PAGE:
What we want to say is that "options" is equal to value options. So the value of this object is going to be whatever was passed in, so in this case it's going to be five.

The message is going to be this.message -- so if there was no message set, we're going to use the default message from the validation function.

Then we want to say if the name of the validation function is not undefined, then options validation function.name is going to be equal to options.value.

That's how we're going to be able to pass in something like options.min, which was the name of the function, and that's going to be assigned in this case to the value five.

Finally, we're just going to return these options. I think these are nicer options -- something like min is a little bit more readable.

Finally, from here what I want to do to solve the problems we have so far, is just to return a new validation function, which is something we're going to describe.

That's going to be something that takes a validation function, and is going to take some options. So again we're going to give it some defaults.

We'll say that the defaults are the options. Then we'll back it up with the values that are exposed on this, so if there are any additional values that weren't set -- like in this case, we had "this.message" -- but in the case where a user passed an object but they didn't pass a message, we'll continue to default to this message here.

Now we need to go ahead and create the validation function and open that up. We'll just paste in our boilerplate. Here we're going to return the validation function. It's a construction that we know takes a validation function and some options.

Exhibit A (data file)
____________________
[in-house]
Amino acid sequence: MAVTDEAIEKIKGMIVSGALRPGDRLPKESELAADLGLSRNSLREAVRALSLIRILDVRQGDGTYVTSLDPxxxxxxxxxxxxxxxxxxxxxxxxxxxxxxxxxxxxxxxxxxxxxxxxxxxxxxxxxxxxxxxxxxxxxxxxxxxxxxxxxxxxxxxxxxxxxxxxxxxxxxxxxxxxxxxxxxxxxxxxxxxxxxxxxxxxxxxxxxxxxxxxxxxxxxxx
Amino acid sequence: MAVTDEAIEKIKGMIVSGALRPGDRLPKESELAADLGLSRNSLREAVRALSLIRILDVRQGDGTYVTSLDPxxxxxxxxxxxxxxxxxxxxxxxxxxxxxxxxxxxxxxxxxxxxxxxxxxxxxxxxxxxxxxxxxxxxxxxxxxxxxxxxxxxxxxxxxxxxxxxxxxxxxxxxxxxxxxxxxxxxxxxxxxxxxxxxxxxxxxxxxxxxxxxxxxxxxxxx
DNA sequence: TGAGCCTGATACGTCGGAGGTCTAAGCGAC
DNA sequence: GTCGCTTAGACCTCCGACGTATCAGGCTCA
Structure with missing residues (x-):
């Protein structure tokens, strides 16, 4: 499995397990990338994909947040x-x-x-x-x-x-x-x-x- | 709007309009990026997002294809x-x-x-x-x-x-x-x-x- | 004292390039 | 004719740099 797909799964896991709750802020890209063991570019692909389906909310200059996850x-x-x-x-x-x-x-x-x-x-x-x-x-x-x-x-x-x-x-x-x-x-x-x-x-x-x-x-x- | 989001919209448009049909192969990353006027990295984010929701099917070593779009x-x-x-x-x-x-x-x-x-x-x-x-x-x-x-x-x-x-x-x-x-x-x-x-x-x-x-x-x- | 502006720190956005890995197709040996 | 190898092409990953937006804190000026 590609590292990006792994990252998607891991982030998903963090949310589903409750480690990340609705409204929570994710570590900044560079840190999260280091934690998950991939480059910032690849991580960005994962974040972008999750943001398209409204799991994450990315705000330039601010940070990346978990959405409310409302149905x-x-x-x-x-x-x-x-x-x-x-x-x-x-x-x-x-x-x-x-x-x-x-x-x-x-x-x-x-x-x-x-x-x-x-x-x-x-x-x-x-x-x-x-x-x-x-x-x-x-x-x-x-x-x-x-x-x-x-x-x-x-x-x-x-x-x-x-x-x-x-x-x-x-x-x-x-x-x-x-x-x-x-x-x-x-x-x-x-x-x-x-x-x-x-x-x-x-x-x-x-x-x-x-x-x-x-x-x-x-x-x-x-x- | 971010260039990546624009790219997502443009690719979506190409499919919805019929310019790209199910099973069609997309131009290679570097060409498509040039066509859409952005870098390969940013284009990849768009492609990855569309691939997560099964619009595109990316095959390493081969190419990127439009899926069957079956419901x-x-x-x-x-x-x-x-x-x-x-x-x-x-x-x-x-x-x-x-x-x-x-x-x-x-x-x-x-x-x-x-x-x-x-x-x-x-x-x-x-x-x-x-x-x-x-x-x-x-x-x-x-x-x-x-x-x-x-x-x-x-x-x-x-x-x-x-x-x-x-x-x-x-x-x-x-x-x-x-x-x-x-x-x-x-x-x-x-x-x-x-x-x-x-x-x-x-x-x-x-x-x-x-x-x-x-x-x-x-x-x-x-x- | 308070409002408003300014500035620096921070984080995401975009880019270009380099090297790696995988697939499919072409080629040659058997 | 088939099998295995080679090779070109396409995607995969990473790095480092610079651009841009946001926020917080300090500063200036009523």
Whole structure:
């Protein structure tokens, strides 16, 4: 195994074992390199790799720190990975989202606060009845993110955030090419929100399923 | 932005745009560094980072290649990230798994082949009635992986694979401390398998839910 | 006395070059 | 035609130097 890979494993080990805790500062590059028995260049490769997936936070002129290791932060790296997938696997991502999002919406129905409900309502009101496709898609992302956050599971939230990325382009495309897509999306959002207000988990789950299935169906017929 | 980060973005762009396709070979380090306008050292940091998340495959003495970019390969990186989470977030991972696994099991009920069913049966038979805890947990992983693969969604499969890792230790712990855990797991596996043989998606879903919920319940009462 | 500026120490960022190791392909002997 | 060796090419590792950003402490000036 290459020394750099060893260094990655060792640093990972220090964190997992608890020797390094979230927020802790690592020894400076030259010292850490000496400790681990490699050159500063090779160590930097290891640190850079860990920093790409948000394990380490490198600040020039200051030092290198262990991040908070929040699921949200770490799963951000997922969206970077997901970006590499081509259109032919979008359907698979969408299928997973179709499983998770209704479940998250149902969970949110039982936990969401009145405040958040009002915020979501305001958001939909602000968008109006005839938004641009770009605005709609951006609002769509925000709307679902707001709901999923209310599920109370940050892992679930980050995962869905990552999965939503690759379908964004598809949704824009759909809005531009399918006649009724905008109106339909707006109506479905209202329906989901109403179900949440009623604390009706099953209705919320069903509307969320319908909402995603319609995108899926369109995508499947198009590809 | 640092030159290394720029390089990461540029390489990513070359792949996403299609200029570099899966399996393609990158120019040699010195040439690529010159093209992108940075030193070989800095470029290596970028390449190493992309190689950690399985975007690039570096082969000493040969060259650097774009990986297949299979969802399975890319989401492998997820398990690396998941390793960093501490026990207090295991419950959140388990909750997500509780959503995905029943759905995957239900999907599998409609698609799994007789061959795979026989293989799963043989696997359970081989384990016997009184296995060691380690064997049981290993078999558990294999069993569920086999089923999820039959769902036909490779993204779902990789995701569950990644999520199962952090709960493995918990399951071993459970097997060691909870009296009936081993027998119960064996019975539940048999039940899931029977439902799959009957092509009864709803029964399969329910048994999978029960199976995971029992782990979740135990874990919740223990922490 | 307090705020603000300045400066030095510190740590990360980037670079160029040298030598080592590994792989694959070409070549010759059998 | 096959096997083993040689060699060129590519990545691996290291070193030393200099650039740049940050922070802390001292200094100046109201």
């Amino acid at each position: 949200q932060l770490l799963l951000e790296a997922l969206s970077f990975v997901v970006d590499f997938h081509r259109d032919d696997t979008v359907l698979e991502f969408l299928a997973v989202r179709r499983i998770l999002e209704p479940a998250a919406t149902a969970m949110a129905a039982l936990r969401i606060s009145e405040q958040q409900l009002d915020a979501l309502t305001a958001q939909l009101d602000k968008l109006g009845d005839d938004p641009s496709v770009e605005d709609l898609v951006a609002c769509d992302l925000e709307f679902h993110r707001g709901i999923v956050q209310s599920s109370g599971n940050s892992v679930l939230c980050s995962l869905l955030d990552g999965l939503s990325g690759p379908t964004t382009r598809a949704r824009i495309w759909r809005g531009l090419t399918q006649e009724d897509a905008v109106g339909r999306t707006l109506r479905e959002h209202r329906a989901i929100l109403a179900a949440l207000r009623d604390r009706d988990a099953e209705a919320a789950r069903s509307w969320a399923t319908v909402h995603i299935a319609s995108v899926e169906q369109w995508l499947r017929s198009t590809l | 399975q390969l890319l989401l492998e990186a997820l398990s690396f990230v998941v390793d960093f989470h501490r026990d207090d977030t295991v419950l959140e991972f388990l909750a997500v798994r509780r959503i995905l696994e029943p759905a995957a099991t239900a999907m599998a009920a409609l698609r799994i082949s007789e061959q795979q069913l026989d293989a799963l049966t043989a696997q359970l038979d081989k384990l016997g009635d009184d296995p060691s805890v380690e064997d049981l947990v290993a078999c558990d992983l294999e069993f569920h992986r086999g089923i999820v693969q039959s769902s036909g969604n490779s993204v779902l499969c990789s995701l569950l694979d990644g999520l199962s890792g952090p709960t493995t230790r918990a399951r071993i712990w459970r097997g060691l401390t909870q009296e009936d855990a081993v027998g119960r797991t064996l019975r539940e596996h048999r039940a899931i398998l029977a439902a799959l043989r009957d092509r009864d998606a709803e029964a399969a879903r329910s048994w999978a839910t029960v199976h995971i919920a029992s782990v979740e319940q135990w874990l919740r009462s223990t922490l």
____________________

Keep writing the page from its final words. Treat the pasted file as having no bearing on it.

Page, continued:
We'll keep this consistent, so we'll say "return validation function" and, up here, of course this is going to be a constructor, so it's the function validation function.

The only thing we need to do right now is say that the function is equal to the bound validation function and we're binding it to the option.

That's why, within the context of the message or the validation function itself, what we have is this.min instead of options.min -- something like that.

Here, we're just going to return the function and I'm just going to copy this guy out and paste him in...clean this up a little bit -- we already have that there -- and success, we have our first test passing.

If we return back here and evaluate that, we've properly configured this.

What we haven't configured yet is the message, "Must be greater than five," so we have that failing. Right now, the message is undefined.

The reason for that is, if we head back to the validation function, because what we actually returned was the validation function, so we want to say "function.message=" and I'm going to say here, "configure message," and again, that's just going to perform some work for us.

If someone passes in a string option -- we'll say if options.message is a string -- then we just want to return options.message. But if it is a function, we want to return options.message.apply to the options. That way, it gets passed in, the options as the context, as well.

Now all of our tests are passing.

Congratulations, guys. We have successfully implemented the first part of the validator library.

HEY, QUICK QUESTION!
Joel's Head
Why are we asking?